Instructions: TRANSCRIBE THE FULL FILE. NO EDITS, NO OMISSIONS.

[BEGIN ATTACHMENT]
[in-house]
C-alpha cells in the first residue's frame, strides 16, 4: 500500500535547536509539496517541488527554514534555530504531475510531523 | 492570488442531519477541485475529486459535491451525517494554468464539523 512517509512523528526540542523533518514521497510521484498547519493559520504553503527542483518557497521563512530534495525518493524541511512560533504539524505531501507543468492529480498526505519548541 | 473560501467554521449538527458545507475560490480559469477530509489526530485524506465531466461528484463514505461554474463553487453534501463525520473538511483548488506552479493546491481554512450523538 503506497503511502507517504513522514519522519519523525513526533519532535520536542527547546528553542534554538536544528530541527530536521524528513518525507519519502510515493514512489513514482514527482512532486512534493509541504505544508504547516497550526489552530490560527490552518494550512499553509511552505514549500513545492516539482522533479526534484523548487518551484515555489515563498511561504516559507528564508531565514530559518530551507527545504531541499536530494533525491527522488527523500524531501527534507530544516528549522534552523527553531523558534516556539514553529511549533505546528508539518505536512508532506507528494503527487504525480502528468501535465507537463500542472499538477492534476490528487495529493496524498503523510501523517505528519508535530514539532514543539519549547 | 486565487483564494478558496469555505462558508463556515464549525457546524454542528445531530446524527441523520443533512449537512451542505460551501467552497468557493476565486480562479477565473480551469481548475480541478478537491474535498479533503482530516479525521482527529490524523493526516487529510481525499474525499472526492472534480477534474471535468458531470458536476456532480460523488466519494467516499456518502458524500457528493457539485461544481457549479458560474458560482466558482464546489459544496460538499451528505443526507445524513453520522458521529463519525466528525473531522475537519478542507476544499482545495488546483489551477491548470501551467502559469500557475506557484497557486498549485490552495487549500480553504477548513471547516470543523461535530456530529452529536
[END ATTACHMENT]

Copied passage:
[in-house]
C-alpha cells in the first residue's frame, strides 16, 4: 500500500535547536509539496517541488527554514534555530504531475510531523 | 492570488442531519477541485475529486459535491451525517494554468464539523 512517509512523528526540542523533518514521497510521484498547519493559520504553503527542483518557497521563512530534495525518493524541511512560533504539524505531501507543468492529480498526505519548541 | 473560501467554521449538527458545507475560490480559469477530509489526530485524506465531466461528484463514505461554474463553487453534501463525520473538511483548488506552479493546491481554512450523538 503506497503511502507517504513522514519522519519523525513526533519532535520536542527547546528553542534554538536544528530541527530536521524528513518525507519519502510515493514512489513514482514527482512532486512534493509541504505544508504547516497550526489552530490560527490552518494550512499553509511552505514549500513545492516539482522533479526534484523548487518551484515555489515563498511561504516559507528564508531565514530559518530551507527545504531541499536530494533525491527522488527523500524531501527534507530544516528549522534552523527553531523558534516556539514553529511549533505546528508539518505536512508532506507528494503527487504525480502528468501535465507537463500542472499538477492534476490528487495529493496524498503523510501523517505528519508535530514539532514543539519549547 | 486565487483564494478558496469555505462558508463556515464549525457546524454542528445531530446524527441523520443533512449537512451542505460551501467552497468557493476565486480562479477565473480551469481548475480541478478537491474535498479533503482530516479525521482527529490524523493526516487529510481525499474525499472526492472534480477534474471535468458531470458536476456532480460523488466519494467516499456518502458524500457528493457539485461544481457549479458560474458560482466558482464546489459544496460538499451528505443526507445524513453520522458521529463519525466528525473531522475537519478542507476544499482545495488546483489551477491548470501551467502559469500557475506557484497557486498549485490552495487549500480553504477548513471547516470543523461535530456530529452529536